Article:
When writing a novel, character and plot are arguably the two most important ingredients. But setting comes a very close third.
Actually, a strong setting in a novel should almost be like a character in its own right - the reader should be able to feel its heart beat.
And it is no coincidence, therefore, that the best way to construct a fictional setting is in exactly the same way that you would build the story's characters...
Dumb question, right? Well, not if you believe that a novel's setting consists entirely of streets and buildings and rooms within buildings. It actually encompasses so much more than that, and you will need to evoke all of these things through rich, descriptive language if you truly want your novel to have atmosphere.
Is it best to set your novel in a real place or a fictional one? What are the advantages and disadvantages of each approach? The short answer is that both types of settings are okay. And it is even possible (maybe even preferable) to blend the two and use both fictional and real places in your writing.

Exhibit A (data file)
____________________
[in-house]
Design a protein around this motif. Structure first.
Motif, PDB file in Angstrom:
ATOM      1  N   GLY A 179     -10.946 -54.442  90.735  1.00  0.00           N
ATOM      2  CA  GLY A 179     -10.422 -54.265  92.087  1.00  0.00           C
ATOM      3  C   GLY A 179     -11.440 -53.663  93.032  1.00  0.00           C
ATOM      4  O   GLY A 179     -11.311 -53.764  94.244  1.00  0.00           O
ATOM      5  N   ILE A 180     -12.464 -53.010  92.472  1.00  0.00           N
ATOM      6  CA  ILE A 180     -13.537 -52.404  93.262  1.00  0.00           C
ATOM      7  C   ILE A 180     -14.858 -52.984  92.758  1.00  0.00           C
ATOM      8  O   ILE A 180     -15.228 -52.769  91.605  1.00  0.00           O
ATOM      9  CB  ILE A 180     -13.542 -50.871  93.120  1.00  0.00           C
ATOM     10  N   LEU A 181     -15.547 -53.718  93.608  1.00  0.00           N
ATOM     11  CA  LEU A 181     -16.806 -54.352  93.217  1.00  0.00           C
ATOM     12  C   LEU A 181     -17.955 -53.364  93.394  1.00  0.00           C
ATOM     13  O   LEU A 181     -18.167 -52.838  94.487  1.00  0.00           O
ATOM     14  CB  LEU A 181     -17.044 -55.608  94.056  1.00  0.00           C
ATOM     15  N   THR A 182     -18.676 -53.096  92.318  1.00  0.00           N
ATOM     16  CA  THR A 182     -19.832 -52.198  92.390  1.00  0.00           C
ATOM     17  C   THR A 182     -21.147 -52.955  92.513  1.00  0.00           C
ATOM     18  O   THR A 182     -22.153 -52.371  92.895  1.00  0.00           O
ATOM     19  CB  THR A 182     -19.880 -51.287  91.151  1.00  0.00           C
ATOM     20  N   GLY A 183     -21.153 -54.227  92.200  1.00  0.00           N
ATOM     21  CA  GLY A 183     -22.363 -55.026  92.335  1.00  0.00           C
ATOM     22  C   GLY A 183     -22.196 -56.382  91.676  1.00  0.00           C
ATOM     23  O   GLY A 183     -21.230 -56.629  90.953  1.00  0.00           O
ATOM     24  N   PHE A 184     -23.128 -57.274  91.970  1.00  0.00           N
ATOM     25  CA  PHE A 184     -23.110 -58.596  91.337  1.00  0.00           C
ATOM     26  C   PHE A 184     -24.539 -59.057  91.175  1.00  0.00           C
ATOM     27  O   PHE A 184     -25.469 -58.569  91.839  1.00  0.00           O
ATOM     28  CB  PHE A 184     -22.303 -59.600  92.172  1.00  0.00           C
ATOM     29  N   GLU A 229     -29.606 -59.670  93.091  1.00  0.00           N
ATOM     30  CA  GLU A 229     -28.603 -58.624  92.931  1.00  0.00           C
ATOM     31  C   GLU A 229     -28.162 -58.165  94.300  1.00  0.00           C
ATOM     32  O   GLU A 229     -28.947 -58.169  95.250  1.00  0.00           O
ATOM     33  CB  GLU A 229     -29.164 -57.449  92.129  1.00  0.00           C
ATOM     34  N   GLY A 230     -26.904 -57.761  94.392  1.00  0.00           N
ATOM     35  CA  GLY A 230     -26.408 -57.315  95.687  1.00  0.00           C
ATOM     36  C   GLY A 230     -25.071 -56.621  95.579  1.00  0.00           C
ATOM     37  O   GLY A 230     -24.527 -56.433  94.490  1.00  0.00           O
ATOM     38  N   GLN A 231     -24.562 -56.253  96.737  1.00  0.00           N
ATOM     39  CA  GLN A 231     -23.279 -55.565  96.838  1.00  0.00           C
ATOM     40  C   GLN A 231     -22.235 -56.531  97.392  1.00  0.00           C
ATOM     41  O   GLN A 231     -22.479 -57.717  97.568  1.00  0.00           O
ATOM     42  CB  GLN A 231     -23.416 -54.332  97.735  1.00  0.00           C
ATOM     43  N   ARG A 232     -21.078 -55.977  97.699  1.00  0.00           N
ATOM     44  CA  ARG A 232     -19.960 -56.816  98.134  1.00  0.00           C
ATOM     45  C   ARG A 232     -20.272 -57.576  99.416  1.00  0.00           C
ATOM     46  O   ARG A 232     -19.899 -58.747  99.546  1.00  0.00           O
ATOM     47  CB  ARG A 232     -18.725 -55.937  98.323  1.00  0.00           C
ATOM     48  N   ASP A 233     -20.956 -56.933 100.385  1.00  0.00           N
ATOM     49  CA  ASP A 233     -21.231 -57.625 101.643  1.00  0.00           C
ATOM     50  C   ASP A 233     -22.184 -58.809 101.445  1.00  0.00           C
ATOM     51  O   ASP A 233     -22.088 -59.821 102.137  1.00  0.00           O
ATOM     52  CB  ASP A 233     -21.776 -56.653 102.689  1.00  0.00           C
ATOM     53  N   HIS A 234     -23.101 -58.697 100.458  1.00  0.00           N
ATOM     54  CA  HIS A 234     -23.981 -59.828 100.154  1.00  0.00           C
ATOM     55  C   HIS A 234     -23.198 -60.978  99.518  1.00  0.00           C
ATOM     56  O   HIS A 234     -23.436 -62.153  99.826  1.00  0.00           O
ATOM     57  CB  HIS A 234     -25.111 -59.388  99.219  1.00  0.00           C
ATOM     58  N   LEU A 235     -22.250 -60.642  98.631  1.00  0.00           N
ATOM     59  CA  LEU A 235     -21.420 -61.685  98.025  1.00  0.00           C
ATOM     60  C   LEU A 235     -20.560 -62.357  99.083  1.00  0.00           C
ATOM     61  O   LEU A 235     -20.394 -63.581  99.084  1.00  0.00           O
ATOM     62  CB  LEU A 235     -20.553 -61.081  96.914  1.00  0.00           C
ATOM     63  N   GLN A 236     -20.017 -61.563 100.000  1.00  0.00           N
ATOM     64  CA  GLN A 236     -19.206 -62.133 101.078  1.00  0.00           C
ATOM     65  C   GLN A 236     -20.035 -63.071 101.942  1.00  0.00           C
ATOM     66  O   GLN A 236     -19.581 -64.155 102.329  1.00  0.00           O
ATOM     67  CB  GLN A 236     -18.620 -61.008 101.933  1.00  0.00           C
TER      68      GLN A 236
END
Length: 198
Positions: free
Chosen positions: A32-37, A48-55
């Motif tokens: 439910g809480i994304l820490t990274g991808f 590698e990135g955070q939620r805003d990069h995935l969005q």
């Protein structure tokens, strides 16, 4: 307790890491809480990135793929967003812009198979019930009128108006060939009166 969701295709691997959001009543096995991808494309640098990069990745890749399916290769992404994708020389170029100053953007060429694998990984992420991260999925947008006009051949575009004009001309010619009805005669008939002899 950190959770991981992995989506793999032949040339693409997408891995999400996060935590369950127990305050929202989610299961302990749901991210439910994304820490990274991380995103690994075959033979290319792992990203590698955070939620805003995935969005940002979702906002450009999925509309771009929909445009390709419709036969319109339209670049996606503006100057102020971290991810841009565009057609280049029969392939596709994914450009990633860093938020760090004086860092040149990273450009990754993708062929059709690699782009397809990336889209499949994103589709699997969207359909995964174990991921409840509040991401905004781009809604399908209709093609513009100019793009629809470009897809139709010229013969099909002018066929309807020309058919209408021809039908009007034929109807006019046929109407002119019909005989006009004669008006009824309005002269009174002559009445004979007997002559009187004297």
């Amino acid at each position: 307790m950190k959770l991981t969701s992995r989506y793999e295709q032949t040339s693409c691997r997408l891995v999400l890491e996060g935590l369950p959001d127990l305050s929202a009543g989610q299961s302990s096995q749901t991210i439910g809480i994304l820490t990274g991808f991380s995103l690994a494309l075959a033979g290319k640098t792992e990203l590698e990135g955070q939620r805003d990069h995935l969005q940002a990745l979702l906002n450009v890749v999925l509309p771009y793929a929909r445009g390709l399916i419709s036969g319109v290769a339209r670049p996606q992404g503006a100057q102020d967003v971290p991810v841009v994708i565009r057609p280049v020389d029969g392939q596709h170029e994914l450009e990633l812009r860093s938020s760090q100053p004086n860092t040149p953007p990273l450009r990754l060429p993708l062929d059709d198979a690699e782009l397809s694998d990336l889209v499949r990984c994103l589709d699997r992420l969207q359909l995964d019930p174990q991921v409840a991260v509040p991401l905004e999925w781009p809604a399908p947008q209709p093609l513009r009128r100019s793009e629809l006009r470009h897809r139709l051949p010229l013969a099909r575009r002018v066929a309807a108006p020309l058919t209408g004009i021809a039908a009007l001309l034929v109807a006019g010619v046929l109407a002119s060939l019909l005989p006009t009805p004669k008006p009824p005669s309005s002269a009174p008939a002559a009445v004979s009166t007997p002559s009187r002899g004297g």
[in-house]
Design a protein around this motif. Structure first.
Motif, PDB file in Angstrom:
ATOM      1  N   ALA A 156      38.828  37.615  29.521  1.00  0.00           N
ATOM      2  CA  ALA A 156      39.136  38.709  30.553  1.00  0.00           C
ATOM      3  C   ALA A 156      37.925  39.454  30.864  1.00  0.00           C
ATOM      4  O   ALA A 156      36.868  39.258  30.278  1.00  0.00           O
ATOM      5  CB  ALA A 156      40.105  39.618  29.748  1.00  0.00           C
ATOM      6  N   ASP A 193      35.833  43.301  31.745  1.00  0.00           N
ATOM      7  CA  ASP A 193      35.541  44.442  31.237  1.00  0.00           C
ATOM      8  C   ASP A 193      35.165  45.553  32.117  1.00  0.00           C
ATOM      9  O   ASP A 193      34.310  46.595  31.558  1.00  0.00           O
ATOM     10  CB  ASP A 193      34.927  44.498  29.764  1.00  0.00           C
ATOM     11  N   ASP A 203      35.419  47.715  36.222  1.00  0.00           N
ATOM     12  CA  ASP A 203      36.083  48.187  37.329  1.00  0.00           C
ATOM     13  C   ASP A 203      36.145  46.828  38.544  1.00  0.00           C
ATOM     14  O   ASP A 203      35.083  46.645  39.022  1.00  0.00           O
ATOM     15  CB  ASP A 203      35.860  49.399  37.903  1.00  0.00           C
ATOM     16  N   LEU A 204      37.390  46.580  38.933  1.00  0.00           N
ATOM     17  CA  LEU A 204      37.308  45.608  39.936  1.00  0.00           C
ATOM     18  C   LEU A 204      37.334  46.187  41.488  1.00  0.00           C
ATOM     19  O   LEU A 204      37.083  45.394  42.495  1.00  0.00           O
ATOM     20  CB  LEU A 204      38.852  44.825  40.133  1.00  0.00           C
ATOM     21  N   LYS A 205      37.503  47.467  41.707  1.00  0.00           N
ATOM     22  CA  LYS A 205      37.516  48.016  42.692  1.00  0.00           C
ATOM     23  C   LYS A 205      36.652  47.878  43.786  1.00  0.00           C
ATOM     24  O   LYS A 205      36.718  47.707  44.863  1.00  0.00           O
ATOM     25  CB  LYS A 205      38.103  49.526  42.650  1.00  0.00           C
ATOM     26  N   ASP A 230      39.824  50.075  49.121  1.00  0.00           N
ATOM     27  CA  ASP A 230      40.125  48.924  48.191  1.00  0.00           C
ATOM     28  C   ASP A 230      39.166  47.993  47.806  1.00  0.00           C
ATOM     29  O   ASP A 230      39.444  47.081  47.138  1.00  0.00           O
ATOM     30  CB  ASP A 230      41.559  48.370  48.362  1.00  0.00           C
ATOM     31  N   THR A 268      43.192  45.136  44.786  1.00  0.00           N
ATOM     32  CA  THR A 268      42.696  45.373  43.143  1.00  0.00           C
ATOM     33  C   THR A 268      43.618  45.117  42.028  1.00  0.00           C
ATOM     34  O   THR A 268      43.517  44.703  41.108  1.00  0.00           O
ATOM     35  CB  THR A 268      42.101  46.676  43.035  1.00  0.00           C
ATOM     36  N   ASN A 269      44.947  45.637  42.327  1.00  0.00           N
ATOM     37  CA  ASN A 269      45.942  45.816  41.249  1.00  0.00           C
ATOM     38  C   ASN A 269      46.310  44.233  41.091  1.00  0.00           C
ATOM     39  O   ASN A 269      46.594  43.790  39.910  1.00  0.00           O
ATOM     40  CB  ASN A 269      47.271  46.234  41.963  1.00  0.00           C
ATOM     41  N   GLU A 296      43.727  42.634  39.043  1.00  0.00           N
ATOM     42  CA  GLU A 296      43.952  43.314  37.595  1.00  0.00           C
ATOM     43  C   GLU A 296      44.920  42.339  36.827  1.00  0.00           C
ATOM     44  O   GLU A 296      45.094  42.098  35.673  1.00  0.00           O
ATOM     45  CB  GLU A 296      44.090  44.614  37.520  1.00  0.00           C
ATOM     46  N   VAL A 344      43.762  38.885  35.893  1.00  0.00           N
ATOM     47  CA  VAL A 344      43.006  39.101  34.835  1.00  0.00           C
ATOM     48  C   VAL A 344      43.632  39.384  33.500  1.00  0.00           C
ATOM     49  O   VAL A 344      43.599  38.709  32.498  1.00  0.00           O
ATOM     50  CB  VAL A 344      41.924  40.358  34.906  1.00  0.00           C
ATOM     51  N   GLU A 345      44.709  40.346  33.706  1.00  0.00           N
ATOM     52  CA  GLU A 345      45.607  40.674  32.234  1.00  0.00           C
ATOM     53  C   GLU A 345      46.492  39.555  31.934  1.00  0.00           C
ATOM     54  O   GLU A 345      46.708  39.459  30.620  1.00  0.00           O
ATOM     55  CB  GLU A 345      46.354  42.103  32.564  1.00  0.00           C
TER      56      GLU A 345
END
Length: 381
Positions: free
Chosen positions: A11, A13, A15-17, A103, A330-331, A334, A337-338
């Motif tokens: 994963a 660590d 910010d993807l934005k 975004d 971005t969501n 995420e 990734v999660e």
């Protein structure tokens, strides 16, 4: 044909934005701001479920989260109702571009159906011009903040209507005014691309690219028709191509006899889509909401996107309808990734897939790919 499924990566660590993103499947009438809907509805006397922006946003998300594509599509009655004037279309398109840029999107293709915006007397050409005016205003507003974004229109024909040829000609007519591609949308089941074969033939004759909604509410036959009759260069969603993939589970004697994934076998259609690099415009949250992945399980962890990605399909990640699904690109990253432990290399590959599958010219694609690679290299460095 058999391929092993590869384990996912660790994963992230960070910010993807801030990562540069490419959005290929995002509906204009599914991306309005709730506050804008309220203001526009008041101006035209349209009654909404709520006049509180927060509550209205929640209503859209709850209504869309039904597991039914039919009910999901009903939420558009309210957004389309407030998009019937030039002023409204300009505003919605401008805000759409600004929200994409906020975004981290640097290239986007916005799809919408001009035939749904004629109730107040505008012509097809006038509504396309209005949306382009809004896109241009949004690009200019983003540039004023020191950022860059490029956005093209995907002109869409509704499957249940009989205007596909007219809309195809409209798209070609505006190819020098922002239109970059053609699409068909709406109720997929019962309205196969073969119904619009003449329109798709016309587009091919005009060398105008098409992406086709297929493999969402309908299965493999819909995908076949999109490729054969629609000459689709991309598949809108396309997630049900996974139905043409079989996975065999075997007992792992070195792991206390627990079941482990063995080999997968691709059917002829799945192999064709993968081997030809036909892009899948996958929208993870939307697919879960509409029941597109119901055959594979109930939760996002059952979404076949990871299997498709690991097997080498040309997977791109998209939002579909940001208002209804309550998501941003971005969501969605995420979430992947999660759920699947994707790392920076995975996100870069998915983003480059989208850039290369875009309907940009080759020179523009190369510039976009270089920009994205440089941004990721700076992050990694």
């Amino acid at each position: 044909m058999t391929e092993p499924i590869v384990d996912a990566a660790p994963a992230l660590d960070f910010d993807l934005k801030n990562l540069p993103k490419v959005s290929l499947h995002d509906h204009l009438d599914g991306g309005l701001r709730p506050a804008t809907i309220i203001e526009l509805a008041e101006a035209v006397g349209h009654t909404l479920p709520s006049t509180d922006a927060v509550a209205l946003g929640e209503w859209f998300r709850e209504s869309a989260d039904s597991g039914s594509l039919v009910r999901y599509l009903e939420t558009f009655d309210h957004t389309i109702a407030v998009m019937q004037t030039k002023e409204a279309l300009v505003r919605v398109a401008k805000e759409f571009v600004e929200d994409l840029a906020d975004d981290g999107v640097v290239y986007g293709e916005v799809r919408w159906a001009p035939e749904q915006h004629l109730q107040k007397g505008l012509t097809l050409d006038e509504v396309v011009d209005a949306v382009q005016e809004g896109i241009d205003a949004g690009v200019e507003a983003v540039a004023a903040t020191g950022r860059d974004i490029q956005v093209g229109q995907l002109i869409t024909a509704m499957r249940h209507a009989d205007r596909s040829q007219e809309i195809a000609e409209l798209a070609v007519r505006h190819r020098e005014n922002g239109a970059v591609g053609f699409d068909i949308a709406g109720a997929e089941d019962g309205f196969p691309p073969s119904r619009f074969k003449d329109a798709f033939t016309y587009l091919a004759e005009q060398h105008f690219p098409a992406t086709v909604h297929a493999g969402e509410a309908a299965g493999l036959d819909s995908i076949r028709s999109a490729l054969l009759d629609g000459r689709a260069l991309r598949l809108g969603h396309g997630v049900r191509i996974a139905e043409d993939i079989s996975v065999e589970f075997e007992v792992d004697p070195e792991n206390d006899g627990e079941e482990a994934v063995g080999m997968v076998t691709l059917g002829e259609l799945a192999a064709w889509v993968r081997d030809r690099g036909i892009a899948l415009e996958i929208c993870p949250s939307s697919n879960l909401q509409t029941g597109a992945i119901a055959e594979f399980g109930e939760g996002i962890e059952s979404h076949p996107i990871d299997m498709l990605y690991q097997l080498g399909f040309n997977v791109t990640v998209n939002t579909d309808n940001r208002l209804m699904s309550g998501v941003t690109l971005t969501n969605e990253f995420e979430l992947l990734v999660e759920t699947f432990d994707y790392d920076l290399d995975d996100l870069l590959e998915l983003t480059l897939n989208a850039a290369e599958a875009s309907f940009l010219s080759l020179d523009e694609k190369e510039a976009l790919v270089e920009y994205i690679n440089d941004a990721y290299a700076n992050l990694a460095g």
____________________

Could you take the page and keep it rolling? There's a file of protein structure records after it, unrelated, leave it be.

Some commentators argue that setting is more important in some novels than others. I would disagree. Whether you set your fiction somewhere awe inspiring or somewhere more humdrum, the setting still needs to be brought to life. If it doesn't move you, the writer, you can't expect your description of the story's location to move the reader.
And now for the main event: the two-part guide to building settings. In this first step, you will learn how to flesh out the setting on paper so that you know it as well as you know your own hometown.
And in part two, you will learn how to take all of these facts and impressions and incorporate them into your story gradually and in the right order, so that the readers can get to know the setting as well as you now do.
"Every description of place should have a memorable quality that hints at the story's meaning. Otherwise, you're just filling up space."
- Monica Wood